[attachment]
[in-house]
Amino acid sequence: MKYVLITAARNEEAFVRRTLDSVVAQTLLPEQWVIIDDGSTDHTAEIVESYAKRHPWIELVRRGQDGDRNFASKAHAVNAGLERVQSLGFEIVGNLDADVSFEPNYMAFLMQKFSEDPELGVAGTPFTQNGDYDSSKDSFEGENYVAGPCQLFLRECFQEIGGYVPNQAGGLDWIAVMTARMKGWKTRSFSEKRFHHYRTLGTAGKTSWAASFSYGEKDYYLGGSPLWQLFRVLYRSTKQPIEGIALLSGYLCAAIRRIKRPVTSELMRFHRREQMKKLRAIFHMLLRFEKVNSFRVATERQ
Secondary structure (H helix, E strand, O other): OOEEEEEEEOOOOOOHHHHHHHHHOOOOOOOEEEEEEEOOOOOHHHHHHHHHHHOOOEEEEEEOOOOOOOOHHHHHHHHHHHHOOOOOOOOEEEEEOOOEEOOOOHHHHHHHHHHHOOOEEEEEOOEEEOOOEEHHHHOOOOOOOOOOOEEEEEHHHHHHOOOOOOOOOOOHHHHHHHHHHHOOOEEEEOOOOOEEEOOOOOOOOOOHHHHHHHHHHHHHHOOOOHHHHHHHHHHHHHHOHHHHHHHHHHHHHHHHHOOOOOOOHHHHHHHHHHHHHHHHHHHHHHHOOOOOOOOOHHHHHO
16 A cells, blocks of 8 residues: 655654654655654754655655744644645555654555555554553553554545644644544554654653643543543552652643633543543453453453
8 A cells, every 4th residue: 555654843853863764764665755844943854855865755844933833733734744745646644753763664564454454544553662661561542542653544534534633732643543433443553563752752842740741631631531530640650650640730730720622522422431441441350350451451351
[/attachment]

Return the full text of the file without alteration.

[in-house]
Amino acid sequence: MKYVLITAARNEEAFVRRTLDSVVAQTLLPEQWVIIDDGSTDHTAEIVESYAKRHPWIELVRRGQDGDRNFASKAHAVNAGLERVQSLGFEIVGNLDADVSFEPNYMAFLMQKFSEDPELGVAGTPFTQNGDYDSSKDSFEGENYVAGPCQLFLRECFQEIGGYVPNQAGGLDWIAVMTARMKGWKTRSFSEKRFHHYRTLGTAGKTSWAASFSYGEKDYYLGGSPLWQLFRVLYRSTKQPIEGIALLSGYLCAAIRRIKRPVTSELMRFHRREQMKKLRAIFHMLLRFEKVNSFRVATERQ
Secondary structure (H helix, E strand, O other): OOEEEEEEEOOOOOOHHHHHHHHHOOOOOOOEEEEEEEOOOOOHHHHHHHHHHHOOOEEEEEEOOOOOOOOHHHHHHHHHHHHOOOOOOOOEEEEEOOOEEOOOOHHHHHHHHHHHOOOEEEEEOOEEEOOOEEHHHHOOOOOOOOOOOEEEEEHHHHHHOOOOOOOOOOOHHHHHHHHHHHOOOEEEEOOOOOEEEOOOOOOOOOOHHHHHHHHHHHHHHOOOOHHHHHHHHHHHHHHOHHHHHHHHHHHHHHHHHOOOOOOOHHHHHHHHHHHHHHHHHHHHHHHOOOOOOOOOHHHHHO
16 A cells, blocks of 8 residues: 655654654655654754655655744644645555654555555554553553554545644644544554654653643543543552652643633543543453453453
8 A cells, every 4th residue: 555654843853863764764665755844943854855865755844933833733734744745646644753763664564454454544553662661561542542653544534534633732643543433443553563752752842740741631631531530640650650640730730720622522422431441441350350451451351